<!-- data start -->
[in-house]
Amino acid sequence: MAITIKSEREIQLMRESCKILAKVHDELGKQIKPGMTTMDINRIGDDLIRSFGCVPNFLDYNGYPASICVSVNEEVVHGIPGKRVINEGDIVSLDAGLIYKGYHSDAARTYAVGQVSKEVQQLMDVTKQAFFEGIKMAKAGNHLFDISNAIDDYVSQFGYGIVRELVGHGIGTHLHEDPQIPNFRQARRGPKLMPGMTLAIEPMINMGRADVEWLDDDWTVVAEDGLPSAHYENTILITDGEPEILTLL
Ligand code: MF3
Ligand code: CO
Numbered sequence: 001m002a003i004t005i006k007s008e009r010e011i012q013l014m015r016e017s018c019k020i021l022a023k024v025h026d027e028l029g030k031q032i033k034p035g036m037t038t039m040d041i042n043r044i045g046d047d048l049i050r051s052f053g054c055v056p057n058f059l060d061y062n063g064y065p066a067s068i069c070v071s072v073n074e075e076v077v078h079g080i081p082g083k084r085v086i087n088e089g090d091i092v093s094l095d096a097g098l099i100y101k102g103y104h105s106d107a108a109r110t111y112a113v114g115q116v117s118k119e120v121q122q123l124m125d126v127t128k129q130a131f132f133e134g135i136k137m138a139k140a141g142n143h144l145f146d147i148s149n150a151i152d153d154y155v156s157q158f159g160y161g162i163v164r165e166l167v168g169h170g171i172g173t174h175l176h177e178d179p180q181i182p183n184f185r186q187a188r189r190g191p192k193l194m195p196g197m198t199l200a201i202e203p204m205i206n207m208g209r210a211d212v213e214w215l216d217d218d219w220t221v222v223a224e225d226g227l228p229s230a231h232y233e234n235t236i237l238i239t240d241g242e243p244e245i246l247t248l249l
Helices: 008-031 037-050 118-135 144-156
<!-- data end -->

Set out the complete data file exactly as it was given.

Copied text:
[in-house]
Amino acid sequence: MAITIKSEREIQLMRESCKILAKVHDELGKQIKPGMTTMDINRIGDDLIRSFGCVPNFLDYNGYPASICVSVNEEVVHGIPGKRVINEGDIVSLDAGLIYKGYHSDAARTYAVGQVSKEVQQLMDVTKQAFFEGIKMAKAGNHLFDISNAIDDYVSQFGYGIVRELVGHGIGTHLHEDPQIPNFRQARRGPKLMPGMTLAIEPMINMGRADVEWLDDDWTVVAEDGLPSAHYENTILITDGEPEILTLL
Ligand code: MF3
Ligand code: CO
Numbered sequence: 001m002a003i004t005i006k007s008e009r010e011i012q013l014m015r016e017s018c019k020i021l022a023k024v025h026d027e028l029g030k031q032i033k034p035g036m037t038t039m040d041i042n043r044i045g046d047d048l049i050r051s052f053g054c055v056p057n058f059l060d061y062n063g064y065p066a067s068i069c070v071s072v073n074e075e076v077v078h079g080i081p082g083k084r085v086i087n088e089g090d091i092v093s094l095d096a097g098l099i100y101k102g103y104h105s106d107a108a109r110t111y112a113v114g115q116v117s118k119e120v121q122q123l124m125d126v127t128k129q130a131f132f133e134g135i136k137m138a139k140a141g142n143h144l145f146d147i148s149n150a151i152d153d154y155v156s157q158f159g160y161g162i163v164r165e166l167v168g169h170g171i172g173t174h175l176h177e178d179p180q181i182p183n184f185r186q187a188r189r190g191p192k193l194m195p196g197m198t199l200a201i202e203p204m205i206n207m208g209r210a211d212v213e214w215l216d217d218d219w220t221v222v223a224e225d226g227l228p229s230a231h232y233e234n235t236i237l238i239t240d241g242e243p244e245i246l247t248l249l
Helices: 008-031 037-050 118-135 144-156